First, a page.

In a previous article, we discussed how to use python and urllib to scrape the web. In this article, we will see how the BeautifulSoup library replaces regexes to handle html content and empowers our scraping abilities.
BeautifulSoup is a Python library for pulling data out of HTML files. Basically, it parses the file into a python data structure that we can easily navigate using smart search functions.
In a previous article about webscraping, we defined the function
get_html(url) to fetch an html file from the web. Then, we used regular expressions (regexes) to extract all the url from the file. Let’s see how we can use BeautifulSoup to do the same thing before moving on to more interesting tasks.
Get the library
As always, installing the library is dead easy using
pip install beautifulsoup4.
Parse HTML content
Here’s how to create a beautifulSoup object from an HTML string.
from bs4 import BeautifulSoup # use the `get_html` function defined in my previous article html_content = get_html(url) soup = BeautifulSoup(html_content, 'html.parser')
The easiest thing to do is to print the html with proper indentation.
The most useful function, in my opinion, is the
select method that allows you to find any html element just like you’d do to style it with in CSS. For instance, here is how to find all the
<a href="url"> links in the file.
a_tags = soup.select('a[href]') href_urls = [a['href'] for a in a_tags] print(href_urls) >>> ['http://www.google.com/', 'http://www.google.com/privacy/', ...]
The documentation for css selectors is here.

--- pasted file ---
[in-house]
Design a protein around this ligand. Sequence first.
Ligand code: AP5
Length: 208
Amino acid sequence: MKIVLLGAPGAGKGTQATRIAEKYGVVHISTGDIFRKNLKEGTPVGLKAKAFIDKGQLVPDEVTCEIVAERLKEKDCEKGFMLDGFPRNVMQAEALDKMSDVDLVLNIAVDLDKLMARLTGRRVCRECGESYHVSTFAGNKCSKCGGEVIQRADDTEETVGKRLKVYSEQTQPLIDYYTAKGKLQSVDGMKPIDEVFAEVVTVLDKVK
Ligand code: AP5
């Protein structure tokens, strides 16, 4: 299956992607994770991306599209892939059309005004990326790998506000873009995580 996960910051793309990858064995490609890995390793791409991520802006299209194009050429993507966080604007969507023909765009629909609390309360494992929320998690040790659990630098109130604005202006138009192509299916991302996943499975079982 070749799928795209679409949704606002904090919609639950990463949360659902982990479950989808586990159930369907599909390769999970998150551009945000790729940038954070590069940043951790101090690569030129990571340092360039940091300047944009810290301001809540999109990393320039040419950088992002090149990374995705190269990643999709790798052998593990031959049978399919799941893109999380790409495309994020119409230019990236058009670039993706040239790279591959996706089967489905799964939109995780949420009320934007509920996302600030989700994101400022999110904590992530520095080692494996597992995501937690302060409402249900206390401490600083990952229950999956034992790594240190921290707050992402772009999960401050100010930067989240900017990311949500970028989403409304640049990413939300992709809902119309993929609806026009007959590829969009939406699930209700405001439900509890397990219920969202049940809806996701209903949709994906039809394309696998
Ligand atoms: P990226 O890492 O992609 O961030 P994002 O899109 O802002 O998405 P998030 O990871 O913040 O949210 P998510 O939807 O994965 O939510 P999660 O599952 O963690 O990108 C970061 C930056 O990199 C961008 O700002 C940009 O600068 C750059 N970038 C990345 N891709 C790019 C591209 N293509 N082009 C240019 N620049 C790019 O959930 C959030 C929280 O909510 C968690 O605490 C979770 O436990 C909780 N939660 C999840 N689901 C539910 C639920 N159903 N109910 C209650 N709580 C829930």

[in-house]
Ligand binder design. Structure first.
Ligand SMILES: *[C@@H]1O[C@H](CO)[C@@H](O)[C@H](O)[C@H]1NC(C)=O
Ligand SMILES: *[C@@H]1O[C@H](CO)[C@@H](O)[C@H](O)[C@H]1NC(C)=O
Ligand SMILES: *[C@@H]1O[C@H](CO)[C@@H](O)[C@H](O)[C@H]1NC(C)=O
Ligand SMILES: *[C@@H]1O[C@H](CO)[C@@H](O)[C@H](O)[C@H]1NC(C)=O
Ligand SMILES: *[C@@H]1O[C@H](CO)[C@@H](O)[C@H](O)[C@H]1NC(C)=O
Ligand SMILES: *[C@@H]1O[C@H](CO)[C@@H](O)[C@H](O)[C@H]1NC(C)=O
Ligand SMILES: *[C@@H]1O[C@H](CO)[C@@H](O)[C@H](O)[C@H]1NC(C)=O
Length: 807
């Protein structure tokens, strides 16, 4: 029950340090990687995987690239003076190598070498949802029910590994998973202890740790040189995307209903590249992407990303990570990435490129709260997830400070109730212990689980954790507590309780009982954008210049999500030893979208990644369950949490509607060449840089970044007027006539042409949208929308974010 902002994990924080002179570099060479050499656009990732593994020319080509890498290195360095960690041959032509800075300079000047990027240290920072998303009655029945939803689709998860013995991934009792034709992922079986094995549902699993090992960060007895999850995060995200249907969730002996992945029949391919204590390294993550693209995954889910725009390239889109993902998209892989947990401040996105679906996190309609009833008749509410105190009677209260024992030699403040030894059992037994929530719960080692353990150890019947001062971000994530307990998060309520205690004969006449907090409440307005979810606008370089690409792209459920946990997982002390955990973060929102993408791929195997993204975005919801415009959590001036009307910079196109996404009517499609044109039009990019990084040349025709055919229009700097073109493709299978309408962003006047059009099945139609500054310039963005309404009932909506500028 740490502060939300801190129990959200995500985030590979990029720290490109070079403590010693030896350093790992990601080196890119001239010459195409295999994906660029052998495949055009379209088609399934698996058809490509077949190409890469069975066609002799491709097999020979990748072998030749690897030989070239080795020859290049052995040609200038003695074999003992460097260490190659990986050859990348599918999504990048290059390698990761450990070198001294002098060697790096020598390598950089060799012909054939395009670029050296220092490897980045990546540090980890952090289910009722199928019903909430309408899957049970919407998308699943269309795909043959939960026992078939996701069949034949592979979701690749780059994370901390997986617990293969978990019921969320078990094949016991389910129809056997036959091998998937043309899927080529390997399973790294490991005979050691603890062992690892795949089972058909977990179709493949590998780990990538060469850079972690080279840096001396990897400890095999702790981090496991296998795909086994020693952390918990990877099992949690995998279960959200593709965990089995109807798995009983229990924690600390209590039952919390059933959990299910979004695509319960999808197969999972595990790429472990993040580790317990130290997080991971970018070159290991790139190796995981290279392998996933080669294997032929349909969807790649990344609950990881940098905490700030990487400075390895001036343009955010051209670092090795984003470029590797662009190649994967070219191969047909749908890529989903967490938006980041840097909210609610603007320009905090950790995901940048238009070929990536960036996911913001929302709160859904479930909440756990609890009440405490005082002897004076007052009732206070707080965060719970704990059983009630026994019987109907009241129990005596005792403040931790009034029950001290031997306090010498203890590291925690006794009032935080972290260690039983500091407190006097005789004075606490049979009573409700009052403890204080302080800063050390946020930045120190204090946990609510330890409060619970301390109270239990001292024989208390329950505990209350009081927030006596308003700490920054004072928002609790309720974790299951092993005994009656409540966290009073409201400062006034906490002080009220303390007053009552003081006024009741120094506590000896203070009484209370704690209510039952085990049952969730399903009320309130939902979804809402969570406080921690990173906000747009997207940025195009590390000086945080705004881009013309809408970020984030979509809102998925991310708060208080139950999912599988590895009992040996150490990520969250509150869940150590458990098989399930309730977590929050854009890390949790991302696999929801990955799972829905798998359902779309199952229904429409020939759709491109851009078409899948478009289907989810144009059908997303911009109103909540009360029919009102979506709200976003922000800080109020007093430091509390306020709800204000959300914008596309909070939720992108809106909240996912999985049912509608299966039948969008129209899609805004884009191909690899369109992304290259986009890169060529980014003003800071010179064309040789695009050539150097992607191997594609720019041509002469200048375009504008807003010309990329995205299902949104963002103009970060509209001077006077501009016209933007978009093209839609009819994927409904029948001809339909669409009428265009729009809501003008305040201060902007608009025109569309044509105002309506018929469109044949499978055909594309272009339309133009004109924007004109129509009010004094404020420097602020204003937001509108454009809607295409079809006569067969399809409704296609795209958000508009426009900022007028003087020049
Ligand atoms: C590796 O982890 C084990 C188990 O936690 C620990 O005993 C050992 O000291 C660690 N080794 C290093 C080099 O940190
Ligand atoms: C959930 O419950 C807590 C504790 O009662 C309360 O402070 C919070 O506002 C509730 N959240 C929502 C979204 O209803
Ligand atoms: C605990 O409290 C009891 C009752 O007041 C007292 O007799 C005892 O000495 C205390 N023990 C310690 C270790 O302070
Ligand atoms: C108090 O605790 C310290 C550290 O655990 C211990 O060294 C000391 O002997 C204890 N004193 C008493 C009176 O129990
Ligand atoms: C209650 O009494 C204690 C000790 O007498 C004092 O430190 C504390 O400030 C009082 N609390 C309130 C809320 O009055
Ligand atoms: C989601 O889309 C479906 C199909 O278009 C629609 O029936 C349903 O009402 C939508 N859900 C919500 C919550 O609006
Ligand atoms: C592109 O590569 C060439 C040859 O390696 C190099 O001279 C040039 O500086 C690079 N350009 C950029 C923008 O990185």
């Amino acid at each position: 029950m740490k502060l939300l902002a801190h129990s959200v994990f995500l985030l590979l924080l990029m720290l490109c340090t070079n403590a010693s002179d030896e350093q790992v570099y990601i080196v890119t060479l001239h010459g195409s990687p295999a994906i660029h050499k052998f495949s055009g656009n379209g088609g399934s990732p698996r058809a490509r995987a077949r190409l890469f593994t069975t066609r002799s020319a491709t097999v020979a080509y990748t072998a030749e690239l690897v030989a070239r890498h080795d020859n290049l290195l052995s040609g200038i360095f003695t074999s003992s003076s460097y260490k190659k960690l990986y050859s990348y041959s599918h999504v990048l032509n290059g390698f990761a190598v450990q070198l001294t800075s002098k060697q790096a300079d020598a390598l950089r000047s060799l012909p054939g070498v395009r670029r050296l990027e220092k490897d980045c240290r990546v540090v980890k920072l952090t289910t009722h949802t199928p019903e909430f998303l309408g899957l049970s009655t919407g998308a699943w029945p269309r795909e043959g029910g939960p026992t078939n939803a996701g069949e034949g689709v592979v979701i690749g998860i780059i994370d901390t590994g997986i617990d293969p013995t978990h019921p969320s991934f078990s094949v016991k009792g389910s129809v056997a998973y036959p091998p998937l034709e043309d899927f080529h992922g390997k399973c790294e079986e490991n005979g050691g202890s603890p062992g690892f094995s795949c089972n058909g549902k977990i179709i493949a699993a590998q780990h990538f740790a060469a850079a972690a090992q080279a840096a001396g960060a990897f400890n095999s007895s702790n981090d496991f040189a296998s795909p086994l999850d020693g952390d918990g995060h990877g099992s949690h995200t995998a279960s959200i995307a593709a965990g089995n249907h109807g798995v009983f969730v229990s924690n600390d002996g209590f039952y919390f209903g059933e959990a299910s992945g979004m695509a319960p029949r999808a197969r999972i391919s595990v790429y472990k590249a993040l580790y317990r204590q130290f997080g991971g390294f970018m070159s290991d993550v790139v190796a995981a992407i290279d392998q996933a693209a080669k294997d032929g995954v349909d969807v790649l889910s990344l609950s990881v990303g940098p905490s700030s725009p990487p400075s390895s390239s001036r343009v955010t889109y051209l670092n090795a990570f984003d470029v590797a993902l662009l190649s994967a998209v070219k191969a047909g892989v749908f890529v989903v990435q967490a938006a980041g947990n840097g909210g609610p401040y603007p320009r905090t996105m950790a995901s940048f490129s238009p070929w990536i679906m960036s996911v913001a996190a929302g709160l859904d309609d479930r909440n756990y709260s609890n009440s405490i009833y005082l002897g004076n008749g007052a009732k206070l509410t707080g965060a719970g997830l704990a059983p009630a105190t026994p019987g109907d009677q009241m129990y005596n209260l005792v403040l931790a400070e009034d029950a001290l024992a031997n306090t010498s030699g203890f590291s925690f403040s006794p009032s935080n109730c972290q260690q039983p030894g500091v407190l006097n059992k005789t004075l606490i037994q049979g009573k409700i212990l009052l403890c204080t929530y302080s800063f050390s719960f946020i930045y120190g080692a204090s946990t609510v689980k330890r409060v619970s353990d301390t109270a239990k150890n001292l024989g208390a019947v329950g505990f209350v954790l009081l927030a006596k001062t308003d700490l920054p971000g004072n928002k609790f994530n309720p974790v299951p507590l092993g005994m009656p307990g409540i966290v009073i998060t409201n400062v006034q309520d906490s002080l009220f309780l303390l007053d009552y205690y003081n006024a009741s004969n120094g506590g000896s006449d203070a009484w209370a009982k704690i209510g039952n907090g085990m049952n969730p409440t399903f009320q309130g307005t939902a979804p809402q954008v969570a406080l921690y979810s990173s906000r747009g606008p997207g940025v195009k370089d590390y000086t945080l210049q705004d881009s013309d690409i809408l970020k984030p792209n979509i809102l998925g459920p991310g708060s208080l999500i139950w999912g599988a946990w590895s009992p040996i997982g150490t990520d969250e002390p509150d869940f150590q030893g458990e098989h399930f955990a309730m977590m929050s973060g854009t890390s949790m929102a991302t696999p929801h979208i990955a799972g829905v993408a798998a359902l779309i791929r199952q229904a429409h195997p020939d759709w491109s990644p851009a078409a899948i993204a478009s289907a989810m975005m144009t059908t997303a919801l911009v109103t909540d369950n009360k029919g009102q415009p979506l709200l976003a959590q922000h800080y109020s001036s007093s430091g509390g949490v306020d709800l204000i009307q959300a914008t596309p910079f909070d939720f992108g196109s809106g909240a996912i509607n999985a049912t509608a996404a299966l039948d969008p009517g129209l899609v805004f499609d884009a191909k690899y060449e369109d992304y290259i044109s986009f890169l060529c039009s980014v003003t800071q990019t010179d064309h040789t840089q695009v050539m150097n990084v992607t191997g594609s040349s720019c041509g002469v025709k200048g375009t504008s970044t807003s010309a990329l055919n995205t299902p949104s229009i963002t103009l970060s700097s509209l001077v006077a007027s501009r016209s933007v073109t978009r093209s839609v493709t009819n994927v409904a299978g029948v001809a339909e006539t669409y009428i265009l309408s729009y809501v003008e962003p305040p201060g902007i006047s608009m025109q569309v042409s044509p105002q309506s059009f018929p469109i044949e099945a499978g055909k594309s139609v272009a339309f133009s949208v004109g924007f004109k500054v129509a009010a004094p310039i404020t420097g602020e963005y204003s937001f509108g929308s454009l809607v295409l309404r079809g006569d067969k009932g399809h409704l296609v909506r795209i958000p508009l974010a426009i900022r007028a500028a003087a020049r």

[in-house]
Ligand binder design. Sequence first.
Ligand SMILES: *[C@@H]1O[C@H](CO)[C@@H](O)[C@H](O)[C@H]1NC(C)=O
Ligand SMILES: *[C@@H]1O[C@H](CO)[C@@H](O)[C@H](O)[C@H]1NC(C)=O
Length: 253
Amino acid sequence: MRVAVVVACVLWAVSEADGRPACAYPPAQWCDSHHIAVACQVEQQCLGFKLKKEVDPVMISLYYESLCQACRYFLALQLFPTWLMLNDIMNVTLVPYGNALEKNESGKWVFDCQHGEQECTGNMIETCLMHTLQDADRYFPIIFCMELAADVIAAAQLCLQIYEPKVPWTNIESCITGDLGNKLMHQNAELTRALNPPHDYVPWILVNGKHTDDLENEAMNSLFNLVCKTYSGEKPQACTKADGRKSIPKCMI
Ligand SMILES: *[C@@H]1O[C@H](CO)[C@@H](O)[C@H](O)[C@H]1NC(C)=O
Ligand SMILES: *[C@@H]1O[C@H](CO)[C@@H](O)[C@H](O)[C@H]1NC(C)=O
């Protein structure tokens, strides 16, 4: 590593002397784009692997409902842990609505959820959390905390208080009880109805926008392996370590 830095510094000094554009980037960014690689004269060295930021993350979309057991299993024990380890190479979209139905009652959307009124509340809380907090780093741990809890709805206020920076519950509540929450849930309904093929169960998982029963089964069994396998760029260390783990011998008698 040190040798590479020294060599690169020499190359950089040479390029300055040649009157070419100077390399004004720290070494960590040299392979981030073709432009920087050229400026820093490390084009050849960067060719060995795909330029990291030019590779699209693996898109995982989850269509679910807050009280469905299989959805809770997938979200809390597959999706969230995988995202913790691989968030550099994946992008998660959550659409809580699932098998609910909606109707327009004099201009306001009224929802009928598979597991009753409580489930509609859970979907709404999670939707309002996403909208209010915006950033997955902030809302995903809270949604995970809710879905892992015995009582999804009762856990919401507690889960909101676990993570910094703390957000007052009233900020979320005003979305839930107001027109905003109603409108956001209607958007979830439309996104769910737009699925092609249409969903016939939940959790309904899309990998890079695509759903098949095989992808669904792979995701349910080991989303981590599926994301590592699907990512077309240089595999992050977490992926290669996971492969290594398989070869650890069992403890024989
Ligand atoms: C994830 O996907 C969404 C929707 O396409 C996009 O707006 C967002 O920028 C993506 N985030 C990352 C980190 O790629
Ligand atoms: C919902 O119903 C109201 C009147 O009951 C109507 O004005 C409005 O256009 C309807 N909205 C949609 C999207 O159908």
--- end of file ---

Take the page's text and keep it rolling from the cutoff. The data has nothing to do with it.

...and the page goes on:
select('a') will find every element between the tags
<a> ... </a>. In order to ensure the tag contains an
href target, we can ask for exsitance of the attribute with
select('a[href]'). That’s what we did above.
There is a very similar function,
find_all in the new version) (documentation) that lets you use tag names or compiled regexes directly. For instance :
import re soup.find_all(re.compile("(a|div)"), recursive=True)
This function shines thanks to its second optional argument
recursive=True. When it is set to
True, the function searches within the current node’s decendants (children and subchildren, etc.), when set to
False it only searches within the current node’s children.
This is particularly usefull when you want to know how many paragraph a given dom element contains.
Here is a simple technique to find the actual content of a webpage. This is not a one-size-fits-all script, and it’s likely that you will need to tailor your script to the kind of website you want to scrape. But I’ve had decent result with this one. It works on medium.com.
The idea is that the principal content is located in a
div (or similar) where most of the paragraphs are. So let’s select every paragraph, find the dom elements that contain them and keep the one that contains most of them.
# Find every paragraph ps = soup.select('p') # Find the html tag that contains each paragraph parents = [p.parent for p in ps] # For each parent, count how many child paragraphs it contains def count_child_paragraphs(element): return len(element.findAll('p', recurvise=False)) # Keep the parent with the biggest number of paragraphs parents.sort(key = count_child_paragraphs, reverse=True) # That's where the page main content should be located : main_div = parents
Sometimes, the main title is contained in a special “header”
div, so we can try to find it and insert it at the beginning of our
main_div. To insert a tag in another, the function is simply
if not main_div.findAll('h1'): titles = soup.findAll('h1') if titles: main_title = titles main_div.insert(0, main_title)
Finally we can export the text to a new file:
with open('output.html', 'w') as file: file.write(str(main_div))
Running this script on a random article on medium.com, here’s a preview with the first few paragraphs.
Putting it all together
Here’s the final code.